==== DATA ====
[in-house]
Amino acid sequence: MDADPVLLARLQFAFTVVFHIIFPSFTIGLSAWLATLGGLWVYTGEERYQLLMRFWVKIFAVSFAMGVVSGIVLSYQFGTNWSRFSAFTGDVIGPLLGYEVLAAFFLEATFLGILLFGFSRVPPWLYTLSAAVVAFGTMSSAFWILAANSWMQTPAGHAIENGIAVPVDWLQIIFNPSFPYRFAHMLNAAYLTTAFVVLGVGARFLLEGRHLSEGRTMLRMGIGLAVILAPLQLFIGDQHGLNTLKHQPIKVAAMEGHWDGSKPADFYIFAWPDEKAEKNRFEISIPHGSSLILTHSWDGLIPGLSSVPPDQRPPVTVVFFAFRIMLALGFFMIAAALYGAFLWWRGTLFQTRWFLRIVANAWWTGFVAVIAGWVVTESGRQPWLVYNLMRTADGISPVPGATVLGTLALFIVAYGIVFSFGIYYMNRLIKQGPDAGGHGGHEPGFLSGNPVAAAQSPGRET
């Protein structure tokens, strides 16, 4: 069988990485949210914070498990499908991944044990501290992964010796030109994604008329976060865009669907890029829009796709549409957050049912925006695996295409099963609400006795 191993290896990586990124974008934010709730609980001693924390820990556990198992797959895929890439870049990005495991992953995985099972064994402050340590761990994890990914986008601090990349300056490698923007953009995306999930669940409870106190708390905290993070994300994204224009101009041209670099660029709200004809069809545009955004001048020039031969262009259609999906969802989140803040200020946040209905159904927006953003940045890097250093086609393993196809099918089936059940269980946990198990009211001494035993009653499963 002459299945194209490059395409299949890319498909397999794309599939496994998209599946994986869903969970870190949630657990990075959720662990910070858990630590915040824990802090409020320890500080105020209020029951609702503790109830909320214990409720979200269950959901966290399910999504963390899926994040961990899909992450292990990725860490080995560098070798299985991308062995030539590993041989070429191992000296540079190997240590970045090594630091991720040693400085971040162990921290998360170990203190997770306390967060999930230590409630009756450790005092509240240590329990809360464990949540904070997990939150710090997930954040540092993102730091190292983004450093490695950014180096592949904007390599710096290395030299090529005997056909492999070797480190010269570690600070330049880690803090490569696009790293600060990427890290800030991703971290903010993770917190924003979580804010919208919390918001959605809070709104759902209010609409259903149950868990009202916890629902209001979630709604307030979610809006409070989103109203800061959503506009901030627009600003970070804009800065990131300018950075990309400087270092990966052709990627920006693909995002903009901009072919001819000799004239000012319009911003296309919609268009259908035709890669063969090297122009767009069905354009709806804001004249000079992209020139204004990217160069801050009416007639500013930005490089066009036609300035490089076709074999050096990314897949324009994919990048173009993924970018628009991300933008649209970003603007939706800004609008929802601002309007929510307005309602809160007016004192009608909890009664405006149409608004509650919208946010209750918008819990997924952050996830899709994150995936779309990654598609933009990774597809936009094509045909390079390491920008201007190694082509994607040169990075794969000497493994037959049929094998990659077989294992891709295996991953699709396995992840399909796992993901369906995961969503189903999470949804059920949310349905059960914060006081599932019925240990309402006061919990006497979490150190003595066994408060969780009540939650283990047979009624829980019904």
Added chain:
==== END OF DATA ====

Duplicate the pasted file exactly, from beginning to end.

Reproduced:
[in-house]
Amino acid sequence: MDADPVLLARLQFAFTVVFHIIFPSFTIGLSAWLATLGGLWVYTGEERYQLLMRFWVKIFAVSFAMGVVSGIVLSYQFGTNWSRFSAFTGDVIGPLLGYEVLAAFFLEATFLGILLFGFSRVPPWLYTLSAAVVAFGTMSSAFWILAANSWMQTPAGHAIENGIAVPVDWLQIIFNPSFPYRFAHMLNAAYLTTAFVVLGVGARFLLEGRHLSEGRTMLRMGIGLAVILAPLQLFIGDQHGLNTLKHQPIKVAAMEGHWDGSKPADFYIFAWPDEKAEKNRFEISIPHGSSLILTHSWDGLIPGLSSVPPDQRPPVTVVFFAFRIMLALGFFMIAAALYGAFLWWRGTLFQTRWFLRIVANAWWTGFVAVIAGWVVTESGRQPWLVYNLMRTADGISPVPGATVLGTLALFIVAYGIVFSFGIYYMNRLIKQGPDAGGHGGHEPGFLSGNPVAAAQSPGRET
């Protein structure tokens, strides 16, 4: 069988990485949210914070498990499908991944044990501290992964010796030109994604008329976060865009669907890029829009796709549409957050049912925006695996295409099963609400006795 191993290896990586990124974008934010709730609980001693924390820990556990198992797959895929890439870049990005495991992953995985099972064994402050340590761990994890990914986008601090990349300056490698923007953009995306999930669940409870106190708390905290993070994300994204224009101009041209670099660029709200004809069809545009955004001048020039031969262009259609999906969802989140803040200020946040209905159904927006953003940045890097250093086609393993196809099918089936059940269980946990198990009211001494035993009653499963 002459299945194209490059395409299949890319498909397999794309599939496994998209599946994986869903969970870190949630657990990075959720662990910070858990630590915040824990802090409020320890500080105020209020029951609702503790109830909320214990409720979200269950959901966290399910999504963390899926994040961990899909992450292990990725860490080995560098070798299985991308062995030539590993041989070429191992000296540079190997240590970045090594630091991720040693400085971040162990921290998360170990203190997770306390967060999930230590409630009756450790005092509240240590329990809360464990949540904070997990939150710090997930954040540092993102730091190292983004450093490695950014180096592949904007390599710096290395030299090529005997056909492999070797480190010269570690600070330049880690803090490569696009790293600060990427890290800030991703971290903010993770917190924003979580804010919208919390918001959605809070709104759902209010609409259903149950868990009202916890629902209001979630709604307030979610809006409070989103109203800061959503506009901030627009600003970070804009800065990131300018950075990309400087270092990966052709990627920006693909995002903009901009072919001819000799004239000012319009911003296309919609268009259908035709890669063969090297122009767009069905354009709806804001004249000079992209020139204004990217160069801050009416007639500013930005490089066009036609300035490089076709074999050096990314897949324009994919990048173009993924970018628009991300933008649209970003603007939706800004609008929802601002309007929510307005309602809160007016004192009608909890009664405006149409608004509650919208946010209750918008819990997924952050996830899709994150995936779309990654598609933009990774597809936009094509045909390079390491920008201007190694082509994607040169990075794969000497493994037959049929094998990659077989294992891709295996991953699709396995992840399909796992993901369906995961969503189903999470949804059920949310349905059960914060006081599932019925240990309402006061919990006497979490150190003595066994408060969780009540939650283990047979009624829980019904």
Added chain: